For example, we worry about others do, how they'll view us, and the decisions they will make that might negatively affect us.
While those are valid concerns, the relevant question we must ask ourselves is whether it's worth our time and energy to think about them.
The answer, if you think about it, is no. And here's why.
The obvious answer is we don't have control over what others do. We have influence but that's far from having control. And that's actually a good thing. Because we don't want anyone else to control us either. We might allow others to influence us through reason, but not control.
The less obvious answer is we should spend more time and energy on our own actions. They are absolutely things we can control. Complete control. And we can take those actions now. No need to worry about how, what, when.
Sun Tzu emphasizes the importance of being proactive and take preventative measures. Whose responsibility is this? Ours. He understands we ourselves can make a positive impact on the future if we act in the present.
So even though Sun Tzu strives to create results favorable to us through the decisions of others, the basis of that calculus lies in our own early initial actions.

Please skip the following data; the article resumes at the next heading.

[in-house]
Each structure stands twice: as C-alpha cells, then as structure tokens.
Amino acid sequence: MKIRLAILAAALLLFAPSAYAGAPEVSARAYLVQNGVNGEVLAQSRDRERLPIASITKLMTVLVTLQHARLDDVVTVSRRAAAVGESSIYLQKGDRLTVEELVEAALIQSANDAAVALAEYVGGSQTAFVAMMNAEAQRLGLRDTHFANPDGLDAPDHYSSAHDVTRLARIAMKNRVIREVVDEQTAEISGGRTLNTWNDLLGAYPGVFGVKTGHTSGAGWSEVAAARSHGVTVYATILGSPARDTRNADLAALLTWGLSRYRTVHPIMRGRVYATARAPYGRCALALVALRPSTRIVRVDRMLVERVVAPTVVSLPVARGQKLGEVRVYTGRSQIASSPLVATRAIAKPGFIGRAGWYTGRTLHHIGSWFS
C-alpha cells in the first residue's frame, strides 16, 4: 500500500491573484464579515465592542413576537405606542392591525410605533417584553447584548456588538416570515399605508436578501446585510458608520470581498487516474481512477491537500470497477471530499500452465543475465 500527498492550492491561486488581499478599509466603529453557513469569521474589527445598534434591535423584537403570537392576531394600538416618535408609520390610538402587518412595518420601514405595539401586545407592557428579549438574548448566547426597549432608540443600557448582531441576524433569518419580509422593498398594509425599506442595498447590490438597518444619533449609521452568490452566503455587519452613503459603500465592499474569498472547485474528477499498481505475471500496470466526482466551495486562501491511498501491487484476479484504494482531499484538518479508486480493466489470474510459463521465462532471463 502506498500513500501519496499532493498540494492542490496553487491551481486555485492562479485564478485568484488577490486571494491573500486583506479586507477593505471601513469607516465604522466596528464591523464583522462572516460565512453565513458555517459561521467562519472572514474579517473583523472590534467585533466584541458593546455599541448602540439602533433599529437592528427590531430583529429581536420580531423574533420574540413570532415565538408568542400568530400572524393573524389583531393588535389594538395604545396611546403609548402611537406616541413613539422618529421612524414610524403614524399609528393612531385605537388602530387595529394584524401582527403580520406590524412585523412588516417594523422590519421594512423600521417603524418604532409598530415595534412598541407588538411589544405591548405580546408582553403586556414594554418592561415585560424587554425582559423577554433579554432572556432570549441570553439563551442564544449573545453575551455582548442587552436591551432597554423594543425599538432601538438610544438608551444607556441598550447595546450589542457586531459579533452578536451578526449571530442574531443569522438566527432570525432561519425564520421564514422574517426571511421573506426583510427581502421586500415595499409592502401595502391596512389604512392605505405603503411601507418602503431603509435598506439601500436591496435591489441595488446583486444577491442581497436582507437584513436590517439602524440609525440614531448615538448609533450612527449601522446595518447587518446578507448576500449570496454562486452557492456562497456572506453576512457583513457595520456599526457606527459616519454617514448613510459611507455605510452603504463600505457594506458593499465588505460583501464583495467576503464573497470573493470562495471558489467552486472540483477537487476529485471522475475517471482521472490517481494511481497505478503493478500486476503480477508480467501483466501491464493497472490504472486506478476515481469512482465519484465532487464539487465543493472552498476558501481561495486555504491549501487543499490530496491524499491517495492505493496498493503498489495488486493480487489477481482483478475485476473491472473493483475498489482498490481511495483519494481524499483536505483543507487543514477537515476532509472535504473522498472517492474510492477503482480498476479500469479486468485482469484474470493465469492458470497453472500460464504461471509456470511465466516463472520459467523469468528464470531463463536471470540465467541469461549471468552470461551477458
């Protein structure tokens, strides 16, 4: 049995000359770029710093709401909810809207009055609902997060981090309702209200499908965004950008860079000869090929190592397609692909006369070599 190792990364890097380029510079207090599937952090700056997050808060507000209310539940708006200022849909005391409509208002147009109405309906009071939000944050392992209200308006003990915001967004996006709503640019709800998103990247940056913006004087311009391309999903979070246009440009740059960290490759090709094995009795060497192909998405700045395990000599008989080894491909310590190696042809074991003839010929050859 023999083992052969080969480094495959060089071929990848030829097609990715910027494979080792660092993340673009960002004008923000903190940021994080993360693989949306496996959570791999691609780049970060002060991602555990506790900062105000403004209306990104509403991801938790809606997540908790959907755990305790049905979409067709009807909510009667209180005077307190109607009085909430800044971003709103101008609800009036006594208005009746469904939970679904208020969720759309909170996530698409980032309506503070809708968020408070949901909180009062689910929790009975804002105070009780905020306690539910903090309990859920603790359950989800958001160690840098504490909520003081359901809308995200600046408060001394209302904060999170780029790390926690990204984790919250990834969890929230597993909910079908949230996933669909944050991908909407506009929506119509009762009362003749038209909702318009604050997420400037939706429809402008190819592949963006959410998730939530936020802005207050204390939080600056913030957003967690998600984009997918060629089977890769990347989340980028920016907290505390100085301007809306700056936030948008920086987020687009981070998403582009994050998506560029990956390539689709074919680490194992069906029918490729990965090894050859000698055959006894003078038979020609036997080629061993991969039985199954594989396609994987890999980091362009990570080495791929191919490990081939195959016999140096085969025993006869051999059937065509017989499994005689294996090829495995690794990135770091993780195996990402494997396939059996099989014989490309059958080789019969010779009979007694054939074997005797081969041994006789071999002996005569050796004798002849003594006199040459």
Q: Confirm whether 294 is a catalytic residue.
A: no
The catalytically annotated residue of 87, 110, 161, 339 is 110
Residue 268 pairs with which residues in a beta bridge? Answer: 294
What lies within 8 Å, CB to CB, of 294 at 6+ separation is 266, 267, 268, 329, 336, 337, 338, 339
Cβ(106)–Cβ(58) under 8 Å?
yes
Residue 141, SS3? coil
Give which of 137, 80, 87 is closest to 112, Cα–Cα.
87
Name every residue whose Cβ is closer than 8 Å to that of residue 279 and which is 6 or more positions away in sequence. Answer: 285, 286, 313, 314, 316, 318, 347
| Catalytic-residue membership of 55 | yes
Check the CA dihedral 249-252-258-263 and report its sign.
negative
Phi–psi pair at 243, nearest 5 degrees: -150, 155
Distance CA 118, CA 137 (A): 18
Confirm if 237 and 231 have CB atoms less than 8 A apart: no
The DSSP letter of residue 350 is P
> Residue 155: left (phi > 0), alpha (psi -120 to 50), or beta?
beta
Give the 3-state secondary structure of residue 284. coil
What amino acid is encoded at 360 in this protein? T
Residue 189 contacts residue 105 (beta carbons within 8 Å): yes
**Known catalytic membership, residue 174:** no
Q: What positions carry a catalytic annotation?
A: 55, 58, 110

For instance, if we want another person to listen to us, and nobody is listening to each other, then we must take it upon ourselves to start listening even when nobody else is listening. Extend an olive branch. Taking the initiative and being an example won't always work, but we have a much better chance of success than doing nothing and letting things happen as is.
Therefore, we must ponder and be careful about how we approach matters and how our actions affect others. As for what other people do, we can be confident they will do what they do, problems and all, as it should be, not as we wish them to be. Fortunately, we don't need to wish and worry about what we ourselves will do, and what we are doing now. We have full control. So take it.